Book review: Icy Sparks

Icy Sparks I often say I’m not drawn to a specific genre or time period when I look for books, but there’s something about the 50s that draw me in.

In Icy Sparks by Gwyn Hyman Rubio, we’re treated to the story of a 10 year-old by the same name who, while growing up in rural Kentucky, tells her story of isolation thanks to her jerks, croaks and eye popping.

Her affliction, though not mentioned until the epilogue, is of course Tourette’s. Growing up as an orphan raised by her loving grandparents, Icy begins to feel isolated from her small community. Once her secret is out in the open, she feels constantly judged and alone. Often she escapes to the basement when the twitches come, just so no one will see her.

She isn’t alone though. Her grandparents, along with Miss Emily who is an overweight woman who frequently hears whispers about her from the women in town and can connect with Icy like no other. Miss Emily and her grandparents teach Icy that being different, doesn’t mean she’s an outcast and shouldn’t be proud of herself.

Throughout the book you really get the sense of Icy’s 10-year old perspective on life. You feel her frustration when she can’t control her urges, as hard as she tries, and the subsequent embarrassment she feels when people call her out. It’s should be a sad story, but though she’s only 10 you just feel Icy is strong, and has enough sass to pull through and grow stronger.

My issue is with the end. After discovering religion, and singing in (multiple) choirs, it miraculously helps her deal with her issues. Since it’s set it in the Southern States, it can be expected, but for me it came across as very convenient and too clean. I give Icy Sparks a 3/5. If you’ve read it, let me know your thoughts in the comments.

The Help: A story of standing up for your beliefs

The HelpI was introduced to The Help at a dinner with friends one night. A couple of my friends had read it, and seemed like they were really moved, so I made a point to remember it. Eventually I had a gift card to Chapters, so I decided to make the purchase, though I don’t normally buy hard covers.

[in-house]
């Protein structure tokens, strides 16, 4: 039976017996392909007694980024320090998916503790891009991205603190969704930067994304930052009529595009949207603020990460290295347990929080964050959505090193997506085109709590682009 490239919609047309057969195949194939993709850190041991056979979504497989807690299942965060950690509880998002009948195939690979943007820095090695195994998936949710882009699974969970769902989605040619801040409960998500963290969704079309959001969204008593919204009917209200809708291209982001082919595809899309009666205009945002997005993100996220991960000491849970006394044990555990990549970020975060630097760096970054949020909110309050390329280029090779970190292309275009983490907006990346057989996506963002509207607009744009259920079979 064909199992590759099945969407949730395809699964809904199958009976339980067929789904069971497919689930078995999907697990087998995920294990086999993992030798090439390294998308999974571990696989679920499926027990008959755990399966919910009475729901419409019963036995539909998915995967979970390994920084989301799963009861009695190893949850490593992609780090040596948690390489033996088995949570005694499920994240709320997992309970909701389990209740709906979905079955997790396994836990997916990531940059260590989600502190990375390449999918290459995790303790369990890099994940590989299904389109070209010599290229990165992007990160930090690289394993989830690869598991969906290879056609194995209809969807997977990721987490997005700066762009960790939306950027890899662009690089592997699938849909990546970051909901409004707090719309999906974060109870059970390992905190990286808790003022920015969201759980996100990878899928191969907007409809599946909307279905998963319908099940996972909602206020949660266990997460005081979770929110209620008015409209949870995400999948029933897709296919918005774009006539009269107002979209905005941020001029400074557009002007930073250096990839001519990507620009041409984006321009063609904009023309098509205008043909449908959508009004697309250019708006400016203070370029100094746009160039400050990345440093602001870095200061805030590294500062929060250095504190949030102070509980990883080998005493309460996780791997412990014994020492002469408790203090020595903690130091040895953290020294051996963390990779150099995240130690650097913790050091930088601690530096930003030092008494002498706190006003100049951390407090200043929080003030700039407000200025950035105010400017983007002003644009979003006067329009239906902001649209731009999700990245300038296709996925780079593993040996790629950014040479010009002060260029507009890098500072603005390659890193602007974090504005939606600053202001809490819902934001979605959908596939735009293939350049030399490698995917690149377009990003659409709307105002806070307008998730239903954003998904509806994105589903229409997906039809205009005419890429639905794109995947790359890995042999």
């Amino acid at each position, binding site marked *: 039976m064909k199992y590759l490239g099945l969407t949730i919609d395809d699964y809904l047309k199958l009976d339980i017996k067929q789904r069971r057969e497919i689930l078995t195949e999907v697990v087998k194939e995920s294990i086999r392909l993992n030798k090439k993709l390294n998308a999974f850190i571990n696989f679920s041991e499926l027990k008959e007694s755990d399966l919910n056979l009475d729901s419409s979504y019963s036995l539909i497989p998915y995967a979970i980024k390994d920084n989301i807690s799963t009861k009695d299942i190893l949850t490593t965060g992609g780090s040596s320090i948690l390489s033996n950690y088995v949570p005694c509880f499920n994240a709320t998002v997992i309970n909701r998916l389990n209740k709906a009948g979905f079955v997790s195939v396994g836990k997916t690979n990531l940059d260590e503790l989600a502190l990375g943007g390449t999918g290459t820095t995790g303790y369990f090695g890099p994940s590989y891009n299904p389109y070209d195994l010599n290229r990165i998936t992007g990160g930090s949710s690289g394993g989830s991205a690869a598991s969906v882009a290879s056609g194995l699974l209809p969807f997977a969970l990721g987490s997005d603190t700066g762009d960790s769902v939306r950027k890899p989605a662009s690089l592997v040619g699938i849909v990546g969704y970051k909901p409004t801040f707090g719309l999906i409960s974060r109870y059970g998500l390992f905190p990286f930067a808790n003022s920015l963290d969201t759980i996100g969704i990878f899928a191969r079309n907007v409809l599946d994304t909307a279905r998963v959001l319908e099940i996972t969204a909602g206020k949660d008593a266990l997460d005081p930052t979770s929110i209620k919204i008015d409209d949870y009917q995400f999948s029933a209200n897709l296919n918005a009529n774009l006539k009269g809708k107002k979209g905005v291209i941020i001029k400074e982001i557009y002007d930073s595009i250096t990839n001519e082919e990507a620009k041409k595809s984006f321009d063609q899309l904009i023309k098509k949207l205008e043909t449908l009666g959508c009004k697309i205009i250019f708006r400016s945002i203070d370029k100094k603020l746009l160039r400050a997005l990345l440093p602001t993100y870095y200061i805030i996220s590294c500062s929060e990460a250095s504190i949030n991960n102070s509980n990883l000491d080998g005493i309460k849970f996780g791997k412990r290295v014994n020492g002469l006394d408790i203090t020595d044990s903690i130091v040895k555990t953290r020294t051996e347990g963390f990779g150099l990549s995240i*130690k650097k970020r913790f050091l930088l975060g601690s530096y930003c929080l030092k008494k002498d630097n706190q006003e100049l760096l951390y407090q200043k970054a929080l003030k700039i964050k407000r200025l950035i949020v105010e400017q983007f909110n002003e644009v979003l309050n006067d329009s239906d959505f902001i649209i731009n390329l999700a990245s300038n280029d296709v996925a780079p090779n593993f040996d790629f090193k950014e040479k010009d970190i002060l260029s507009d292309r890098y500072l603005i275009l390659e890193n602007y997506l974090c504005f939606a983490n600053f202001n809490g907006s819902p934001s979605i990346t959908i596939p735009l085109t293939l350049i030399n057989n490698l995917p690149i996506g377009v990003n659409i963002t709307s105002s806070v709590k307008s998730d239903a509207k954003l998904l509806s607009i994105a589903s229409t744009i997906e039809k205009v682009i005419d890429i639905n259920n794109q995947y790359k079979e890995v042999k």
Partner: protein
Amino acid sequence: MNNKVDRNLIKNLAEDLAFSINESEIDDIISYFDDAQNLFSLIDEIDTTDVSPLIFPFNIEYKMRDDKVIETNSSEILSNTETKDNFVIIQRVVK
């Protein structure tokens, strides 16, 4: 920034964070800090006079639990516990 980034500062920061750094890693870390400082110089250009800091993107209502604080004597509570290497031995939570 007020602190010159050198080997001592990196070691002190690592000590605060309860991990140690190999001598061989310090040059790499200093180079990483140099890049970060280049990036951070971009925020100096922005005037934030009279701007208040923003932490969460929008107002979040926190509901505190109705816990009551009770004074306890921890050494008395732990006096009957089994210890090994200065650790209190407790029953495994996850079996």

When I got around to reading it, I didn’t really know what to expect, other than it was set in Jackson, Mississippi in the early 60s and that it dealt with race, class and so-forth. After reading the first chapter, which started off in the voice of Aibileen, a maid, I was hooked.

It took a bit of getting used to when I found it was telling the stories from three different characters perspectives. Each one, and the others were Minny (another maid) and Skeeter (a white daughter of a plantation farmer), shone with personality and were all strong female characters, but also had weaknesses as well.

The book deals with the very real problem of segregation in Jackson, as Skeeter goes about recounting the experiences from the help of Jackson. It’s really sad to read the many unfortunate things that African Americans lived with on a daily basis. Rules these maids had to abide by, like not sit at the same table as a white person, shake their hand or look them in the eye, because if it was the wrong time of day, you could set the boss off and next thing you know you’re on the street, struggling to find the next household to take you in.

Similar to what the show Mad Men often does, The Help also entwines major news headlines of the day into the story. Obviously with the time and topic, Martin Luther King Jr. plays a big role in the motives of the characters. There is also talk of space exploration, the assassination of John F. Kennedy, The Sit-ins, and so on. Stockett did a great job at weaving these in, adding  tidbits of historical information in the background, making it much more real.

I’m not an expert on race relations in the 60s, but I think Stockett offers a great viewpoint into what it was like. As a white woman, I’m sure she’ll get some criticism for attempting to portray what those women went through, but I think she did a hell of a job. It can also come across as a Pocahontas or Avatar-like story where the white woman helps out the poor unfortunate maids to see their own strength, but I felt throughout the book the characters were casting off any kind of pity they perceived from Skeeter; they were stronger than that, and worked with her out of their own wants and needs.

I think I’ve explained this one enough. If you’re not enticed to read this one, then you never will be. If you have already read The Help please share your thoughts. It’s such a great discussion book.

.. Oh and of course I give this one a 5/5.

This is also set to become a movie in 2011, according to Metrolic.com and IMDB (plus it stars Emma Stone!).

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